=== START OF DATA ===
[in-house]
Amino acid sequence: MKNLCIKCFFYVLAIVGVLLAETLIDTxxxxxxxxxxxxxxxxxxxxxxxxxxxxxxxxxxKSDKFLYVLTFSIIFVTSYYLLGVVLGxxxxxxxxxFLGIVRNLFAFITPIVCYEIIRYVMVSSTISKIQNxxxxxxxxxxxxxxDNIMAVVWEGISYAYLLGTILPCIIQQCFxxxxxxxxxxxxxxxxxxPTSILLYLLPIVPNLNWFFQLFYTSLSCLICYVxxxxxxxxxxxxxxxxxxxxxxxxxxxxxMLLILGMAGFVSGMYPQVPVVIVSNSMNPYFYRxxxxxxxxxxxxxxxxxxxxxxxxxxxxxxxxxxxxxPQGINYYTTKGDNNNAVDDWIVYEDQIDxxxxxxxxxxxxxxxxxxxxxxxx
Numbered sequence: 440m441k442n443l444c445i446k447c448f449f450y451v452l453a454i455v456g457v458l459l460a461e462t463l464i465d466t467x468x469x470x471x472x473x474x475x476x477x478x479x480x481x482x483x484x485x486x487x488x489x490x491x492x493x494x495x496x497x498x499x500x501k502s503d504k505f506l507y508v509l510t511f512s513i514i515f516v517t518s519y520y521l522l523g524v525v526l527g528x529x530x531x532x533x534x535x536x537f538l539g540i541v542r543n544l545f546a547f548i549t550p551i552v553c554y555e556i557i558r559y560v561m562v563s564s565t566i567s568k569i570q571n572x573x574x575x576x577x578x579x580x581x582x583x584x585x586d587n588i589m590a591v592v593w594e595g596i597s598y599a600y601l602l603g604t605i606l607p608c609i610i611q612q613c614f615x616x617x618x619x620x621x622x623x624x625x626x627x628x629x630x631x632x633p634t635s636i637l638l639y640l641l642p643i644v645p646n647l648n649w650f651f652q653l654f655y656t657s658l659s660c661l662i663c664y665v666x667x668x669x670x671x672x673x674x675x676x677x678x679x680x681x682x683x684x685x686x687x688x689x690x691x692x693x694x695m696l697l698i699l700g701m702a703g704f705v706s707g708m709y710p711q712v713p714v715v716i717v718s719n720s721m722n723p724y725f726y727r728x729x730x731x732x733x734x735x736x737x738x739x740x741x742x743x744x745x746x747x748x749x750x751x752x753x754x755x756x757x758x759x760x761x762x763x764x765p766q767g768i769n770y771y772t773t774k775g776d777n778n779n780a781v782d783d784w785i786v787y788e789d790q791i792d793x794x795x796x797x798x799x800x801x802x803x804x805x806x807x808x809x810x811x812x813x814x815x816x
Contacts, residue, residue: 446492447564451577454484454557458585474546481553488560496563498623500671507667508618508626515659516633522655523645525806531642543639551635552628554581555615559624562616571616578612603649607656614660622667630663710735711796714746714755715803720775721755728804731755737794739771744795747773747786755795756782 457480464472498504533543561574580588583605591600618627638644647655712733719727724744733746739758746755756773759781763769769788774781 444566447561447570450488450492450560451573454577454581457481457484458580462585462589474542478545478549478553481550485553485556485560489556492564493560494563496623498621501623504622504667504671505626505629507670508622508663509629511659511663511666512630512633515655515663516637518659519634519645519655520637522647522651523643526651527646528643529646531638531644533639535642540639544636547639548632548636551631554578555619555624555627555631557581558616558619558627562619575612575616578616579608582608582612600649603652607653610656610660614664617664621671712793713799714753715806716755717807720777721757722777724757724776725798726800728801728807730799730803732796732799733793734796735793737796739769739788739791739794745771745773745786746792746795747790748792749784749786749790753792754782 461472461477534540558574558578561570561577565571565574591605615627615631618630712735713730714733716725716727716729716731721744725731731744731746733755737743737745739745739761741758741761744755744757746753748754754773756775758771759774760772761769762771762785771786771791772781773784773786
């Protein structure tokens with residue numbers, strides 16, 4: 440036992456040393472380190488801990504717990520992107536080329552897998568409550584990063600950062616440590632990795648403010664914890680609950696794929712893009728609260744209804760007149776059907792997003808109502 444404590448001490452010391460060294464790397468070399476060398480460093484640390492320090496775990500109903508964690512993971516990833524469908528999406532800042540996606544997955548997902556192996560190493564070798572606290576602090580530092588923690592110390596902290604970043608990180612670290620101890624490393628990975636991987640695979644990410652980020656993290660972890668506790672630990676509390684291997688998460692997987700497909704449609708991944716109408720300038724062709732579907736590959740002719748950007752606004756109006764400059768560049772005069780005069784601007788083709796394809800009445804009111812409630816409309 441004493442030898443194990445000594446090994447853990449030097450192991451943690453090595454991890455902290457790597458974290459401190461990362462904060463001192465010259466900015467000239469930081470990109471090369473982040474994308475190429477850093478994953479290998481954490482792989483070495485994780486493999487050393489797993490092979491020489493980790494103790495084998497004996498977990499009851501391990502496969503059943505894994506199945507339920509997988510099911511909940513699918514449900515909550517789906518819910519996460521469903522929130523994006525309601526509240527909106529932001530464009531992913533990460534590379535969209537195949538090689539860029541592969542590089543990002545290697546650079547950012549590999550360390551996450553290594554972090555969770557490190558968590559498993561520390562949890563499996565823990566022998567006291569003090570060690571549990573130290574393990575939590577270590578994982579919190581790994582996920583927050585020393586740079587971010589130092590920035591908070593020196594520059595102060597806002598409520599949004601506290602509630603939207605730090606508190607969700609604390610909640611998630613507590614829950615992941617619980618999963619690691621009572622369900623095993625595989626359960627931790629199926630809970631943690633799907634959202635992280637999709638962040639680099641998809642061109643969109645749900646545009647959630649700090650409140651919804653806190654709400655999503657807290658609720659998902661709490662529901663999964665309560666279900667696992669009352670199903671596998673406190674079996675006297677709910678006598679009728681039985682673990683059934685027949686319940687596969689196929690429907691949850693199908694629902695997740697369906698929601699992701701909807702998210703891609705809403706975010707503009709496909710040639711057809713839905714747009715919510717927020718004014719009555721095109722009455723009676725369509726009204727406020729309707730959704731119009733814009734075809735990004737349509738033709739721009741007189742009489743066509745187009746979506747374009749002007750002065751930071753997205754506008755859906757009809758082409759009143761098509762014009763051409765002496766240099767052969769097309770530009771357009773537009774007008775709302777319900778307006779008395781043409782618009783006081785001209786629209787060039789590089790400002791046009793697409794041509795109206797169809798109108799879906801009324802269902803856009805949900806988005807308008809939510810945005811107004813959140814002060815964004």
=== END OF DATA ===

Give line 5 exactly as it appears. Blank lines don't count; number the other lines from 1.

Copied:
């Protein structure tokens with residue numbers, strides 16, 4: 440036992456040393472380190488801990504717990520992107536080329552897998568409550584990063600950062616440590632990795648403010664914890680609950696794929712893009728609260744209804760007149776059907792997003808109502 444404590448001490452010391460060294464790397468070399476060398480460093484640390492320090496775990500109903508964690512993971516990833524469908528999406532800042540996606544997955548997902556192996560190493564070798572606290576602090580530092588923690592110390596902290604970043608990180612670290620101890624490393628990975636991987640695979644990410652980020656993290660972890668506790672630990676509390684291997688998460692997987700497909704449609708991944716109408720300038724062709732579907736590959740002719748950007752606004756109006764400059768560049772005069780005069784601007788083709796394809800009445804009111812409630816409309 441004493442030898443194990445000594446090994447853990449030097450192991451943690453090595454991890455902290457790597458974290459401190461990362462904060463001192465010259466900015467000239469930081470990109471090369473982040474994308475190429477850093478994953479290998481954490482792989483070495485994780486493999487050393489797993490092979491020489493980790494103790495084998497004996498977990499009851501391990502496969503059943505894994506199945507339920509997988510099911511909940513699918514449900515909550517789906518819910519996460521469903522929130523994006525309601526509240527909106529932001530464009531992913533990460534590379535969209537195949538090689539860029541592969542590089543990002545290697546650079547950012549590999550360390551996450553290594554972090555969770557490190558968590559498993561520390562949890563499996565823990566022998567006291569003090570060690571549990573130290574393990575939590577270590578994982579919190581790994582996920583927050585020393586740079587971010589130092590920035591908070593020196594520059595102060597806002598409520599949004601506290602509630603939207605730090606508190607969700609604390610909640611998630613507590614829950615992941617619980618999963619690691621009572622369900623095993625595989626359960627931790629199926630809970631943690633799907634959202635992280637999709638962040639680099641998809642061109643969109645749900646545009647959630649700090650409140651919804653806190654709400655999503657807290658609720659998902661709490662529901663999964665309560666279900667696992669009352670199903671596998673406190674079996675006297677709910678006598679009728681039985682673990683059934685027949686319940687596969689196929690429907691949850693199908694629902695997740697369906698929601699992701701909807702998210703891609705809403706975010707503009709496909710040639711057809713839905714747009715919510717927020718004014719009555721095109722009455723009676725369509726009204727406020729309707730959704731119009733814009734075809735990004737349509738033709739721009741007189742009489743066509745187009746979506747374009749002007750002065751930071753997205754506008755859906757009809758082409759009143761098509762014009763051409765002496766240099767052969769097309770530009771357009773537009774007008775709302777319900778307006779008395781043409782618009783006081785001209786629209787060039789590089790400002791046009793697409794041509795109206797169809798109108799879906801009324802269902803856009805949900806988005807308008809939510810945005811107004813959140814002060815964004």